Last updated Jan. 4, 2022, by Marisa Wexler, MS
Fact-checked by José Lopes, PhD
Ehlers-Danlos syndrome (EDS) is a genetic disorder that causes problems with the body’s connective tissues, resulting in symptoms such as abnormally mobile joints and stretchy skin. Given that there are more than a dozen types of EDS, each with specific underlying causes and characteristic symptoms, it can be difficult to get a correct diagnosis.
Diagnosing EDS generally starts with a physical examination to look for disease symptoms. Laboratory and genetic tests may be useful for confirming the diagnosis and determining the type of EDS. Because EDS runs in families, a thorough evaluation of a patient’s family history often is important for making the diagnosis.
During a physical examination for EDS, a clinician will look for visible abnormalities associated with connective tissue problems, such as abnormal scarring, and test for symptoms of the disease, like stretchy skin or unusually mobile joints. The specific constellation of symptoms experienced by the individual can be helpful for informing the diagnosis of a specific EDS type.
Joint hypermobility, one of the most common symptoms of EDS, is typically assessed using a scale called the Beighton scoring system. In this system, nine joints are tested to see if they have an abnormal range of movement: the pinky fingers, thumbs, elbows, and knees on both sides of the body, as well as the spine. Each joint that is hypermobile earns a score of one, so scores can range from zero to nine.
In children, a Beighton score of six or higher indicates the most common form of the disease, hypermobile EDS (hEDS). In adolescents and adults up to age 50, a score of five or higher indicates hEDS; for adults over 50, a score of four or higher suggests hEDS.
Mutations in at least 20 different genes are known to cause EDS. Genetic testing involves analyzing a patient’s DNA to look for these disease-causing mutations, which can confirm a diagnosis of EDS, and may be critical for distinguishing the type of disease. Notably, since not all EDS-causing mutations have been identified, it is possible that genetic testing will not identify any mutations even in someone who does have EDS.
Genetic testing is usually done using cells collected from a cheek swab or blood sample. A specialist called a genetic counselor can help to interpret the results of genetic tests, and provide guidance for the patient and any family members. Since EDS runs in families, and it’s possible for someone to carry a disease-causing mutation and not know it, it’s often recommended that close biological relatives of someone with a positive genetic test for EDS also undergo genetic testing.
A skin biopsy is a way to test for connective tissue defects that are characteristic of EDS. Clinicians will collect a sample of a patient’s skin, which is then analyzed under a microscope to look for signs of problems in the connective tissues. Cells collected from biopsies also can be cultured in the lab to look for abnormalities.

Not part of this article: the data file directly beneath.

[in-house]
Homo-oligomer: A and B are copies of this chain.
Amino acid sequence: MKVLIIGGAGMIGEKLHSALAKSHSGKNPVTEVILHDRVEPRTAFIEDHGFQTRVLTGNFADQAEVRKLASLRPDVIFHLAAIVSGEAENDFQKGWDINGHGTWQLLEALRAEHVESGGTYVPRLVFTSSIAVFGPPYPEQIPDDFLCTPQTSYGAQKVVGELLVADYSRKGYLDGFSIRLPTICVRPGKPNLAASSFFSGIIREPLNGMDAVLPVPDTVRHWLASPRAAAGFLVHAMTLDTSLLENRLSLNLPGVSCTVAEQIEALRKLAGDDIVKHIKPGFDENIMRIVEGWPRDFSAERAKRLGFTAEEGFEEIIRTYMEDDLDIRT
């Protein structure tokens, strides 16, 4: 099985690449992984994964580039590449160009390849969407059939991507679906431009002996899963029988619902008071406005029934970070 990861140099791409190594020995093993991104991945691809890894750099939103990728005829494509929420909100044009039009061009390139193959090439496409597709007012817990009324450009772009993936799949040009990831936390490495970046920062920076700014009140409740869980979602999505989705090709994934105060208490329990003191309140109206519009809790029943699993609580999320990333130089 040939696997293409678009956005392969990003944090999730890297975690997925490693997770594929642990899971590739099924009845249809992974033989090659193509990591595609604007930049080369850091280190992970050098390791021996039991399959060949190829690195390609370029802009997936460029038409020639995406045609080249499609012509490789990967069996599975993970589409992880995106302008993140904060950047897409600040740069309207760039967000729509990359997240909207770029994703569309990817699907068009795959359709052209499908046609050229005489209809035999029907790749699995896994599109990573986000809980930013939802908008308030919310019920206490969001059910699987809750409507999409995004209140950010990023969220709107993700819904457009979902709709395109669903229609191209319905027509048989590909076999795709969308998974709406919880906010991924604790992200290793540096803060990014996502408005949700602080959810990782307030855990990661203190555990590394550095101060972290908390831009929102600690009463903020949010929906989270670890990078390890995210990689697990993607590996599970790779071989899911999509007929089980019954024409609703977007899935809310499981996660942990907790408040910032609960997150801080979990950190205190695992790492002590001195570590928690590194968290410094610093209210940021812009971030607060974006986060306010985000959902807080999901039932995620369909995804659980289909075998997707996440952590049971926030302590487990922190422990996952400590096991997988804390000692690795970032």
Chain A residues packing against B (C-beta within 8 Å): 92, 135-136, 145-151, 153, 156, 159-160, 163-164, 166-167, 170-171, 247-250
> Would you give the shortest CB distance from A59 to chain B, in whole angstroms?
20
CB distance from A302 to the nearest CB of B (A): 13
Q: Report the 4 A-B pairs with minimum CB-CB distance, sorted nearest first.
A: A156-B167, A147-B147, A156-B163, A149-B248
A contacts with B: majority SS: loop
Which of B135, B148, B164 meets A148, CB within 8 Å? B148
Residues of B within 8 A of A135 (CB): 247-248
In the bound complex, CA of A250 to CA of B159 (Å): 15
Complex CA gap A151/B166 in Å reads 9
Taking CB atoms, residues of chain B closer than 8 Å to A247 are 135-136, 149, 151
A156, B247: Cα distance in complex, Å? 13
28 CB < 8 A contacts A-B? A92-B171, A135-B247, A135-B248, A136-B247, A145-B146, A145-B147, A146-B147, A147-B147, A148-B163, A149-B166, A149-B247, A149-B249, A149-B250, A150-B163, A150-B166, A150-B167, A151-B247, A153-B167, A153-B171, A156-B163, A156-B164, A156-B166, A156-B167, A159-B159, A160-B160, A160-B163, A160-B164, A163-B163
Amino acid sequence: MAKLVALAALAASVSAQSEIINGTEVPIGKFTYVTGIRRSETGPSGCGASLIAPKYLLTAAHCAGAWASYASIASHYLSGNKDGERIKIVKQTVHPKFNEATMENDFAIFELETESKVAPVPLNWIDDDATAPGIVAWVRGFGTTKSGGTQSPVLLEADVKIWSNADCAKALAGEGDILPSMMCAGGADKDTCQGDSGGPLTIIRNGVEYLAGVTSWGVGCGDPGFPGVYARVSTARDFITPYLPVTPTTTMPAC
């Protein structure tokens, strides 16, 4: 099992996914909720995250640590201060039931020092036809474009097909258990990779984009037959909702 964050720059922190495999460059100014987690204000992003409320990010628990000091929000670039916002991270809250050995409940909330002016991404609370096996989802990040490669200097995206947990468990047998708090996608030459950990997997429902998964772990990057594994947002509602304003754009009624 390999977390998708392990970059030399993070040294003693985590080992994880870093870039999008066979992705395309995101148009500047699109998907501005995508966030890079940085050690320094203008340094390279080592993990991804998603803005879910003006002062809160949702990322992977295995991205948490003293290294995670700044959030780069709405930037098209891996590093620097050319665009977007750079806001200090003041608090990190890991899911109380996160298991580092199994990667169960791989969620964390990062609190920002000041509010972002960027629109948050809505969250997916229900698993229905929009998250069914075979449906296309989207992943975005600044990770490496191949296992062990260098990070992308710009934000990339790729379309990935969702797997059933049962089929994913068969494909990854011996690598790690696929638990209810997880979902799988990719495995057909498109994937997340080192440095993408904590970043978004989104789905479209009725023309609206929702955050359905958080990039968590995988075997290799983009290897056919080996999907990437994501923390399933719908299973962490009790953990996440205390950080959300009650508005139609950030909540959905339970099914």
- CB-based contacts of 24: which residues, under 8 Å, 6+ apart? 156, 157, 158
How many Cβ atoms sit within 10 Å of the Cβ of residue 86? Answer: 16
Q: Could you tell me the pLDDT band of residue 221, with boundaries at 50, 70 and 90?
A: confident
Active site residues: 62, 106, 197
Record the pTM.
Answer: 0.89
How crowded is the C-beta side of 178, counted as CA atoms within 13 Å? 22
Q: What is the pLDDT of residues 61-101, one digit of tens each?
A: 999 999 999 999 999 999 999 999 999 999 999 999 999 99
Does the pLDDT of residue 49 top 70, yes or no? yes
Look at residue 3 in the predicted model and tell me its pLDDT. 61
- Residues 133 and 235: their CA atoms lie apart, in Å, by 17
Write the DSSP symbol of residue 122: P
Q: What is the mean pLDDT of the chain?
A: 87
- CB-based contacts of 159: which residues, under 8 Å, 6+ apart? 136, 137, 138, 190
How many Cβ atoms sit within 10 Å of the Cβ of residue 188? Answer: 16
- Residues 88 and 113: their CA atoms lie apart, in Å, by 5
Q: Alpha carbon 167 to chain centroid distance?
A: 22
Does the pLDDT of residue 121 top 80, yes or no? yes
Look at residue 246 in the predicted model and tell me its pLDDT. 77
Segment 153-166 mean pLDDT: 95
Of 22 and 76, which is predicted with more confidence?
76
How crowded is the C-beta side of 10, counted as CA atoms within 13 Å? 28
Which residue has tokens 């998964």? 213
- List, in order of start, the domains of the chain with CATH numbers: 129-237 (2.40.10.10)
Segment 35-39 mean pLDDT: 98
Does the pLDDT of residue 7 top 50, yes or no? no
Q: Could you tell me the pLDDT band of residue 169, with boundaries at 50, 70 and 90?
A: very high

Three techniques are commonly used to collect a skin biopsy. In a punch biopsy, a circular blade is used to remove a small, cylindrical section containing all layers of the skin. In a shave biopsy, a razor can be used to scrape along the skin to collect its uppermost layers. An excision biopsy involves the use of a scalpel to cut out a skin lesion for analysis.
Usually a local anesthetic is given to numb the skin before the biopsy is taken. Skin biopsy is generally considered a safe procedure; as with any small wound, the biopsy site should be kept clean to prevent infections.
Techniques like X-ray, MRI, and CT scans can be used to visualize the body’s internal structures to look for abnormalities indicative of EDS. Depending on the type of disease, these may include abnormal curvature of the spine (kyphoscoliosis) and other unusual bone structures, bleeding in joints, hard deposits in the body’s soft tissue, and fragile blood vessels and aneurysm (enlarged blood vessels due to weakness in blood vessel walls).
Certain types of EDS are characterized by abnormal levels of specific compounds in the urine. Measuring the levels of these compounds may be useful in making a diagnosis.
Kyphoscoliotic EDS (kEDS) is characterized by abnormal levels of two compounds called deoxypyridinoline (LP) and pyridinoline (HP). Normally, the ratio of LP to HP levels is about 0.2, but in kEDS, this ratio is usually between 2 and 9.
The LP-to-HP ratio also is elevated in spondylodysplastic EDS, where this ratio is usually about 1.
Ehlers-Danlos News is strictly a news and information website about the disease. It does not provide medical advice, diagnosis, or treatment. This content is not intended to be a substitute for professional medical advice, diagnosis, or treatment. Always seek the advice of your physician or other qualified health providers with any questions you may have regarding a medical condition. Never disregard professional medical advice or delay in seeking it because of something you have read on this website.